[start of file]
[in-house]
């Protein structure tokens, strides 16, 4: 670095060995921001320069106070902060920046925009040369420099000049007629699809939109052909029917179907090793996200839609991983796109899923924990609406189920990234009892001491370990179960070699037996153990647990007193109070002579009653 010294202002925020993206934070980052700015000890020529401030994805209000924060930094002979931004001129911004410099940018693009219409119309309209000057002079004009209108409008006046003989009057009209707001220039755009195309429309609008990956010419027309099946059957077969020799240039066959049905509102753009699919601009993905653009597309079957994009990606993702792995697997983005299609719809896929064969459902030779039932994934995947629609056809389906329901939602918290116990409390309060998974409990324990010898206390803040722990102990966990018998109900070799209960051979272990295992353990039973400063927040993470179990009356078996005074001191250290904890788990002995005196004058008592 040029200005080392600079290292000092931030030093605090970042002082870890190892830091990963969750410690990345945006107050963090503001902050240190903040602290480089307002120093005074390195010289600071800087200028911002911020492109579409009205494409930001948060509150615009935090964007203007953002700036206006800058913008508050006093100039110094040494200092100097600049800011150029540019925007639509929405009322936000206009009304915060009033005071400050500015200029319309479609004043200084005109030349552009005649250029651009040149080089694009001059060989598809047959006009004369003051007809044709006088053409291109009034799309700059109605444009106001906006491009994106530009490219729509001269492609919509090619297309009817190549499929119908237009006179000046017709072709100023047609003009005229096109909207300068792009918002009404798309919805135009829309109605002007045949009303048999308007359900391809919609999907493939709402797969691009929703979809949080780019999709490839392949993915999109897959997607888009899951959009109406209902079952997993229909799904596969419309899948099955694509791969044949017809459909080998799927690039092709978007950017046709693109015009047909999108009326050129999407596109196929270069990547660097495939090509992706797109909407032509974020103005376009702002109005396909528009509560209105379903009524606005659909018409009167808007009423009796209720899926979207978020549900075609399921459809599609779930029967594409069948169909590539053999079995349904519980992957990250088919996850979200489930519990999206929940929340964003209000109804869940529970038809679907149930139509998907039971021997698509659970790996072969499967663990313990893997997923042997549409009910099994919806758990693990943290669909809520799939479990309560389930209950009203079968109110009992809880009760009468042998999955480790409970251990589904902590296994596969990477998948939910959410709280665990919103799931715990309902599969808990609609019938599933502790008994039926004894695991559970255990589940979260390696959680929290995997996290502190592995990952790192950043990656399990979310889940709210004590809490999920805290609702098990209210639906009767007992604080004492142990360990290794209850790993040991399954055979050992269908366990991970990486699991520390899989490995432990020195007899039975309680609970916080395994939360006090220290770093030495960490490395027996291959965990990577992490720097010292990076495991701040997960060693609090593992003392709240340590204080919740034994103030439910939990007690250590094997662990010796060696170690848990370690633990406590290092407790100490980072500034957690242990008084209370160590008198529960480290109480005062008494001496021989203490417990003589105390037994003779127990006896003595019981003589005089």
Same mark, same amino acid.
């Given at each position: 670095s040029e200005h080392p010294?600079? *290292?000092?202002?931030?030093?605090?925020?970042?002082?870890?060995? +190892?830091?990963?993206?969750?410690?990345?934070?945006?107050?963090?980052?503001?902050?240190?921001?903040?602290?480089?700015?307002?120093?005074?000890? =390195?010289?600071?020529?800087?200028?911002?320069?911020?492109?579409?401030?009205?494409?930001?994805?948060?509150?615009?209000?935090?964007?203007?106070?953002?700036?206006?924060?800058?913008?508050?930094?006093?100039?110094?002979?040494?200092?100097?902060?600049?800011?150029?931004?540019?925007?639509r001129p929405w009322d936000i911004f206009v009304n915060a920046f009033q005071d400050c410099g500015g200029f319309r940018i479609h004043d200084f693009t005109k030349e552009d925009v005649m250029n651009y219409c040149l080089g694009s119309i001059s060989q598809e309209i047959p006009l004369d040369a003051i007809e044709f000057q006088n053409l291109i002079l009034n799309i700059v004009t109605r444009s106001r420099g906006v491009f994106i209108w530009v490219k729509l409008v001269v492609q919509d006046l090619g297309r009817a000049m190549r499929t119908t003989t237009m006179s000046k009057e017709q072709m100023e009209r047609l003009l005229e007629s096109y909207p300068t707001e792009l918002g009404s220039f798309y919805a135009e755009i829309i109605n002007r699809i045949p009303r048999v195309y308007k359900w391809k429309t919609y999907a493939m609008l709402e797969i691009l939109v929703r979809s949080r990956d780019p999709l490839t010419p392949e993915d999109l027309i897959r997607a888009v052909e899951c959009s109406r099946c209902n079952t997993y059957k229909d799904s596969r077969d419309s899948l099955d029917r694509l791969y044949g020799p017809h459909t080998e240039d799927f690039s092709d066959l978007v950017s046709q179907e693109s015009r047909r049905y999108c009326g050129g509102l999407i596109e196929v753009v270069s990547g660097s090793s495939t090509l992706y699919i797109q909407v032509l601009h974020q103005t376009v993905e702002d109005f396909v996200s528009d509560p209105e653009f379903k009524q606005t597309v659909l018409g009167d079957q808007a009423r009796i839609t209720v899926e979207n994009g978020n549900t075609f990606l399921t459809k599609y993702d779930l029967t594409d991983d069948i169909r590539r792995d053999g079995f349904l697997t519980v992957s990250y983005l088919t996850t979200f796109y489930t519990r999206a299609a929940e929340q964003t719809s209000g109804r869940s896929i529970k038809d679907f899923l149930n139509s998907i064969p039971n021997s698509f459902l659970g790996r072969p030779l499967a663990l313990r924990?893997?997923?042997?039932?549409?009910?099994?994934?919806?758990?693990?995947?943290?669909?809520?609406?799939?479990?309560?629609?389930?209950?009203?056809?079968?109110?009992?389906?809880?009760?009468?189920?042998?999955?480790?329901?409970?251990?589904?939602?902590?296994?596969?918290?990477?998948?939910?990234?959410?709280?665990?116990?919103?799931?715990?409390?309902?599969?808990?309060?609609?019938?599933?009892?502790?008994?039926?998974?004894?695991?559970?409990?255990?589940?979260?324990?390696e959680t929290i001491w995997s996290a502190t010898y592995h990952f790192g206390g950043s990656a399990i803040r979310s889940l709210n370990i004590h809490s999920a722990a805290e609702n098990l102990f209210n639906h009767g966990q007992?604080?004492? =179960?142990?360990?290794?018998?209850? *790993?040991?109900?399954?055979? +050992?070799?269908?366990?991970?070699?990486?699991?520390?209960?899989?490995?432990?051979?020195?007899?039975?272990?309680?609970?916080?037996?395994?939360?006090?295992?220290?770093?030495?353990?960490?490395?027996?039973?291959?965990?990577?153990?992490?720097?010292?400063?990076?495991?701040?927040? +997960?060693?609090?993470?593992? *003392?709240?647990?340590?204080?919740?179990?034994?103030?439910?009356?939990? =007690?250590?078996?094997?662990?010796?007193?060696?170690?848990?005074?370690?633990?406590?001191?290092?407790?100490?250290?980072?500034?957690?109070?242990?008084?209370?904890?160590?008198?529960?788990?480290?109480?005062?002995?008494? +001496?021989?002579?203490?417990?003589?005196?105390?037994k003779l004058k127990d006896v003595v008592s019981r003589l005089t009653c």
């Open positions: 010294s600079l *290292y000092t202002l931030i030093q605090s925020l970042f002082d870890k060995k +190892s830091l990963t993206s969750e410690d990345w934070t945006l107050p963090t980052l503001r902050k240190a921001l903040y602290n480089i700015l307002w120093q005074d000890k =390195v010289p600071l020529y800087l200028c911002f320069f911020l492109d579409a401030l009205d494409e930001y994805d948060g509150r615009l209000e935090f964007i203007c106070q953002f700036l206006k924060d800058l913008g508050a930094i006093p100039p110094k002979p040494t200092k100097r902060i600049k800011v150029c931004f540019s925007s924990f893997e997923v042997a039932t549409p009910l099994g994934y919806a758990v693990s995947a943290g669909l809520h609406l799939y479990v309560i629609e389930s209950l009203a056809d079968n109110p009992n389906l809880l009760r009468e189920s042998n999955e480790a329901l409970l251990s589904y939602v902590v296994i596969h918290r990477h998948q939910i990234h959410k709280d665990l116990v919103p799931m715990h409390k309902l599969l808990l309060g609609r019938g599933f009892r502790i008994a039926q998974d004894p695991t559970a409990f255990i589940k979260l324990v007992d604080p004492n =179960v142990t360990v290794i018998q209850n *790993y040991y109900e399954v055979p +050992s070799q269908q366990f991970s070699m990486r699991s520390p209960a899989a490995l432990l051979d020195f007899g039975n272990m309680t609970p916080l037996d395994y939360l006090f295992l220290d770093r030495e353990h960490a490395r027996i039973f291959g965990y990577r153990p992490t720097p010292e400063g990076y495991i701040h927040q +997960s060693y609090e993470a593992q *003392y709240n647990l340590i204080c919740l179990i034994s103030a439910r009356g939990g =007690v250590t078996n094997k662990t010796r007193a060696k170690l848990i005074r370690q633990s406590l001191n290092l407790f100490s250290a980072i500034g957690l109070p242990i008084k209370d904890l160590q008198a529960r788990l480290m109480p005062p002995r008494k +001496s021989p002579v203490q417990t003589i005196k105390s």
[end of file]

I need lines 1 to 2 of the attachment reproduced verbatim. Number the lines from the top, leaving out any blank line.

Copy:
[in-house]
């Protein structure tokens, strides 16, 4: 670095060995921001320069106070902060920046925009040369420099000049007629699809939109052909029917179907090793996200839609991983796109899923924990609406189920990234009892001491370990179960070699037996153990647990007193109070002579009653 010294202002925020993206934070980052700015000890020529401030994805209000924060930094002979931004001129911004410099940018693009219409119309309209000057002079004009209108409008006046003989009057009209707001220039755009195309429309609008990956010419027309099946059957077969020799240039066959049905509102753009699919601009993905653009597309079957994009990606993702792995697997983005299609719809896929064969459902030779039932994934995947629609056809389906329901939602918290116990409390309060998974409990324990010898206390803040722990102990966990018998109900070799209960051979272990295992353990039973400063927040993470179990009356078996005074001191250290904890788990002995005196004058008592 040029200005080392600079290292000092931030030093605090970042002082870890190892830091990963969750410690990345945006107050963090503001902050240190903040602290480089307002120093005074390195010289600071800087200028911002911020492109579409009205494409930001948060509150615009935090964007203007953002700036206006800058913008508050006093100039110094040494200092100097600049800011150029540019925007639509929405009322936000206009009304915060009033005071400050500015200029319309479609004043200084005109030349552009005649250029651009040149080089694009001059060989598809047959006009004369003051007809044709006088053409291109009034799309700059109605444009106001906006491009994106530009490219729509001269492609919509090619297309009817190549499929119908237009006179000046017709072709100023047609003009005229096109909207300068792009918002009404798309919805135009829309109605002007045949009303048999308007359900391809919609999907493939709402797969691009929703979809949080780019999709490839392949993915999109897959997607888009899951959009109406209902079952997993229909799904596969419309899948099955694509791969044949017809459909080998799927690039092709978007950017046709693109015009047909999108009326050129999407596109196929270069990547660097495939090509992706797109909407032509974020103005376009702002109005396909528009509560209105379903009524606005659909018409009167808007009423009796209720899926979207978020549900075609399921459809599609779930029967594409069948169909590539053999079995349904519980992957990250088919996850979200489930519990999206929940929340964003209000109804869940529970038809679907149930139509998907039971021997698509659970790996072969499967663990313990893997997923042997549409009910099994919806758990693990943290669909809520799939479990309560389930209950009203079968109110009992809880009760009468042998999955480790409970251990589904902590296994596969990477998948939910959410709280665990919103799931715990309902599969808990609609019938599933502790008994039926004894695991559970255990589940979260390696959680929290995997996290502190592995990952790192950043990656399990979310889940709210004590809490999920805290609702098990209210639906009767007992604080004492142990360990290794209850790993040991399954055979050992269908366990991970990486699991520390899989490995432990020195007899039975309680609970916080395994939360006090220290770093030495960490490395027996291959965990990577992490720097010292990076495991701040997960060693609090593992003392709240340590204080919740034994103030439910939990007690250590094997662990010796060696170690848990370690633990406590290092407790100490980072500034957690242990008084209370160590008198529960480290109480005062008494001496021989203490417990003589105390037994003779127990006896003595019981003589005089």